- Thomas Winkelbauer: Stands freedom and princely power. P. 70.
- Johann Schwerdling: history of ancient and for centuries to sovereign and country highly deserved, sometimes handsomely, partly Count's house Starhemberg . Jos. Feichtinger blessed widow , Linz 1830, p. 267 ( Google eBook, full view in Google Book Search - Section 239. Ms. Anna Dorothea ).
- Hans Sturmberger: Adam Graf Herberstorff - rule and freedom in the denominational age. Vienna 1976, ISBN 3-7028-0089-1 , p. 43.
- Ferdinand Berger: Mitteilungen der Anthropologische Gesellschaft in Wien , Volumes 104-106, 1974, p. 202 (condition of the crypt when the sarcophagus was found and transferred to the All Saints Chapel).
- Altmünster: Herberstorf's lost grave discovered during renovation . Oberösterreichische Nachrichten of June 29, 1973. Von Tag zu Tag, p. 6 (Finding of the crypt on June 28, 1973, condition of the crypt).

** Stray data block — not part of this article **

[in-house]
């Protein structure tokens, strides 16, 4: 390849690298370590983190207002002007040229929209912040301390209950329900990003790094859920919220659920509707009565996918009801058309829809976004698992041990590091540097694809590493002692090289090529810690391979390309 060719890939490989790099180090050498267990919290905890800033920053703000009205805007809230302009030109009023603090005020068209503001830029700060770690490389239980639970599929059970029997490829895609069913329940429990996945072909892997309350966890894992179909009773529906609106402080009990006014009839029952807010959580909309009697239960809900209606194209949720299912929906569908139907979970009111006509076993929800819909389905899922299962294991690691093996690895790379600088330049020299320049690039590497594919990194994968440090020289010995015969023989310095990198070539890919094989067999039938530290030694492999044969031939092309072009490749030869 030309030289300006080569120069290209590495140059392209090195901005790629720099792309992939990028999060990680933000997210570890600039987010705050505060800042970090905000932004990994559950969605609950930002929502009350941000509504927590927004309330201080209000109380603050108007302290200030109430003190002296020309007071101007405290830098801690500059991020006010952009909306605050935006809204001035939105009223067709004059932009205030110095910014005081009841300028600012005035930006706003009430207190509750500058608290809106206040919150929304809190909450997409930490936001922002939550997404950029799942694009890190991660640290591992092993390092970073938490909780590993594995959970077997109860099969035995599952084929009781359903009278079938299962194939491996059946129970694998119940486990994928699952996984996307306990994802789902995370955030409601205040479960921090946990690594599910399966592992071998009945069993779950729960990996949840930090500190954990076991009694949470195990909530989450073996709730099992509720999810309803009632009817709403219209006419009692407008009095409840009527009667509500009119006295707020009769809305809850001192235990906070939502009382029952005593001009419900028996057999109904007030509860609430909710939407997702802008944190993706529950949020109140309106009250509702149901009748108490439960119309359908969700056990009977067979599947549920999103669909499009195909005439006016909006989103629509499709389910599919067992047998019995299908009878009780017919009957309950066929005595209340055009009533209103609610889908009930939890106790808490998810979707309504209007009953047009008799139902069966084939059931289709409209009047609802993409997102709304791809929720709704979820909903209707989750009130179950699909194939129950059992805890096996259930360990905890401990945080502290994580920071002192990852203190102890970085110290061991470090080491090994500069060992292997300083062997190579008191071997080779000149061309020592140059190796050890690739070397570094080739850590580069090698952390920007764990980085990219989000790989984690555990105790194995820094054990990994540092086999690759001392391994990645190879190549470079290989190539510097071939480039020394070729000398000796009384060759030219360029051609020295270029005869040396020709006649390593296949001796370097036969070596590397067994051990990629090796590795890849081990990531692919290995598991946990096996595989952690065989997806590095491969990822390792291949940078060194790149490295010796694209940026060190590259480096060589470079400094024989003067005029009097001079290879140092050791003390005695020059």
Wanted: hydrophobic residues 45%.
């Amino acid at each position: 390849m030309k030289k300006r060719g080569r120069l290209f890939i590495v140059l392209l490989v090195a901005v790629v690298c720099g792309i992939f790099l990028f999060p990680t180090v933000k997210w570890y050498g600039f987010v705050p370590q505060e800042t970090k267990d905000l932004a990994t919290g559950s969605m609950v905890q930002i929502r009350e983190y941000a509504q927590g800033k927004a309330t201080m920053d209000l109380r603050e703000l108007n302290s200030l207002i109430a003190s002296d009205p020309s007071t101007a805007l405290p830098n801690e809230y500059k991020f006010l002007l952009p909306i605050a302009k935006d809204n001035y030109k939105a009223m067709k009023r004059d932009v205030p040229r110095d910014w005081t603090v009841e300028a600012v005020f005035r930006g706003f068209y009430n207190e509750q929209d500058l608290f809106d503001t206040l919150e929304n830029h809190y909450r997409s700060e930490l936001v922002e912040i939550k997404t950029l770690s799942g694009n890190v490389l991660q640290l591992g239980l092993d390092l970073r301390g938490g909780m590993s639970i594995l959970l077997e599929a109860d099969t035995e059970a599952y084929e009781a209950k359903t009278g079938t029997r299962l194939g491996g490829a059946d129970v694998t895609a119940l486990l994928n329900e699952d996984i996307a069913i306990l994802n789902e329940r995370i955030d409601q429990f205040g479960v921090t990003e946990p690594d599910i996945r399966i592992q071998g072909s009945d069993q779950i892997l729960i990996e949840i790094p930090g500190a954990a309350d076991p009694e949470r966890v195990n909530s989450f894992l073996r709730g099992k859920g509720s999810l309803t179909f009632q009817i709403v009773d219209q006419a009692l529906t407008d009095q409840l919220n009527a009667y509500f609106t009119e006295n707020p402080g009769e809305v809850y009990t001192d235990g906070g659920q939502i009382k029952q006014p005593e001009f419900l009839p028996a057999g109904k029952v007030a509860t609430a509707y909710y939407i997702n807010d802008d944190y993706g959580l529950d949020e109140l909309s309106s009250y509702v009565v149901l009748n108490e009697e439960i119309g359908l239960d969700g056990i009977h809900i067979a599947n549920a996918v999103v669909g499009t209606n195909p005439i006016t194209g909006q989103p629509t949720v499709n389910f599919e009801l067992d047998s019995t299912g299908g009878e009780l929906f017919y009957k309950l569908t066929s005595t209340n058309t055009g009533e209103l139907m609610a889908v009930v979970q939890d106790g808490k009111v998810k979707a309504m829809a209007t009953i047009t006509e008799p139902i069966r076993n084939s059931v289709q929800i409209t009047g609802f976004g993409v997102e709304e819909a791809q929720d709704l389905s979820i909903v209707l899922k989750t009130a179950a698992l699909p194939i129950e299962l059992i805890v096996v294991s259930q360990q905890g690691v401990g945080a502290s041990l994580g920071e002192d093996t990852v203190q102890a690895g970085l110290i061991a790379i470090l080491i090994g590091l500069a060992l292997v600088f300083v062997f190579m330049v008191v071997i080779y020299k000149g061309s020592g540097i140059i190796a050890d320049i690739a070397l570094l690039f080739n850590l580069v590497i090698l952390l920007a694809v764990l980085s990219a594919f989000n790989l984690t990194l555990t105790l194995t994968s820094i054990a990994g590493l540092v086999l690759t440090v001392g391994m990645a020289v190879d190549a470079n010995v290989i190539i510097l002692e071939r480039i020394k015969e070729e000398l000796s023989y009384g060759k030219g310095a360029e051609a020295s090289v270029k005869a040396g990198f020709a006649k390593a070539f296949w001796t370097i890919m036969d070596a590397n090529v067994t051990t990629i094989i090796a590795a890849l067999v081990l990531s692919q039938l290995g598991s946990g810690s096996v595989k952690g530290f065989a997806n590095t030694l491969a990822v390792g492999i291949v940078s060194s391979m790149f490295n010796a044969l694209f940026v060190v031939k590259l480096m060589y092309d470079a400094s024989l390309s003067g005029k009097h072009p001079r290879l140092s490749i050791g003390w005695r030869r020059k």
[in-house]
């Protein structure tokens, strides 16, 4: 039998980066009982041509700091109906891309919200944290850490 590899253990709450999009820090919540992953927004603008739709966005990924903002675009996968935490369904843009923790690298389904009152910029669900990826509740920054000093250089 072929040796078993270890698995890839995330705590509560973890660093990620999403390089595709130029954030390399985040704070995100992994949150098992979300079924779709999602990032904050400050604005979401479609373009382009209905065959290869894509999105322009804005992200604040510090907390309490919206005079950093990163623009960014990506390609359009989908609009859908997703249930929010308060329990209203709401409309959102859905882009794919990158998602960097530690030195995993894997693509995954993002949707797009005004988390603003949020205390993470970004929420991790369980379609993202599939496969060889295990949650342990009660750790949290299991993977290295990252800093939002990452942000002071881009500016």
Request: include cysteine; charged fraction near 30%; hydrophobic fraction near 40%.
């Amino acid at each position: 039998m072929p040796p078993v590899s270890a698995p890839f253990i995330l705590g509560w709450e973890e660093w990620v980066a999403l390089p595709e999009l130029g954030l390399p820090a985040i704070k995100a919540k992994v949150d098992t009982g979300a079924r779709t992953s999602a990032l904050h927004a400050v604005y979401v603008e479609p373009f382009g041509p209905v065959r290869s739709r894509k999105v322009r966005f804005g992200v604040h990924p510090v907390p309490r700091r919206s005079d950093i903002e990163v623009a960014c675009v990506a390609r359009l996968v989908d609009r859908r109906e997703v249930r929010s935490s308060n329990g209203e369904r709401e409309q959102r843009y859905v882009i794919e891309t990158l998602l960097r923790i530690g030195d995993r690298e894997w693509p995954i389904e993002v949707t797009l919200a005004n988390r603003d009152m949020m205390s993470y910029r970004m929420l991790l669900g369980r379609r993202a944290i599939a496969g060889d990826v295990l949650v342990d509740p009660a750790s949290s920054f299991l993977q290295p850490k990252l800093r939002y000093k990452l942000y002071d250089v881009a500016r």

Johann Spindler von Hofegg
(administrator of the governorate)
kurbayer. Governor of the Archduchy of Austria ob der Enns
Johann Spindler von Hofegg , Heinrich von Salburg , Anton Wolfradt
(commissioners / governors)
Johann Spindler von Hofegg , Heinrich von Salburg , Anton Wolfradt
(commissioners / governors)
Imperial and Royal Governor of the Archduchy of Austria ob der Enns
Trio of the oldest district administrator, lawyer and vice cathedral (transition),
Johann Ludwig von Kuefstein
|SURNAME||Herberstorff, Adam von|
|ALTERNATIVE NAMES||Herberstorff, Adam Graf von; Herberstorff, Adam Reichsgraf von|
|BRIEF DESCRIPTION||Bavarian governor, then Austrian governor of Upper Austria|
|DATE OF BIRTH||April 15, 1585|
|PLACE OF BIRTH||Kalsdorf Castle|
|DATE OF DEATH||September 11, 1629|
|Place of death||Castle place|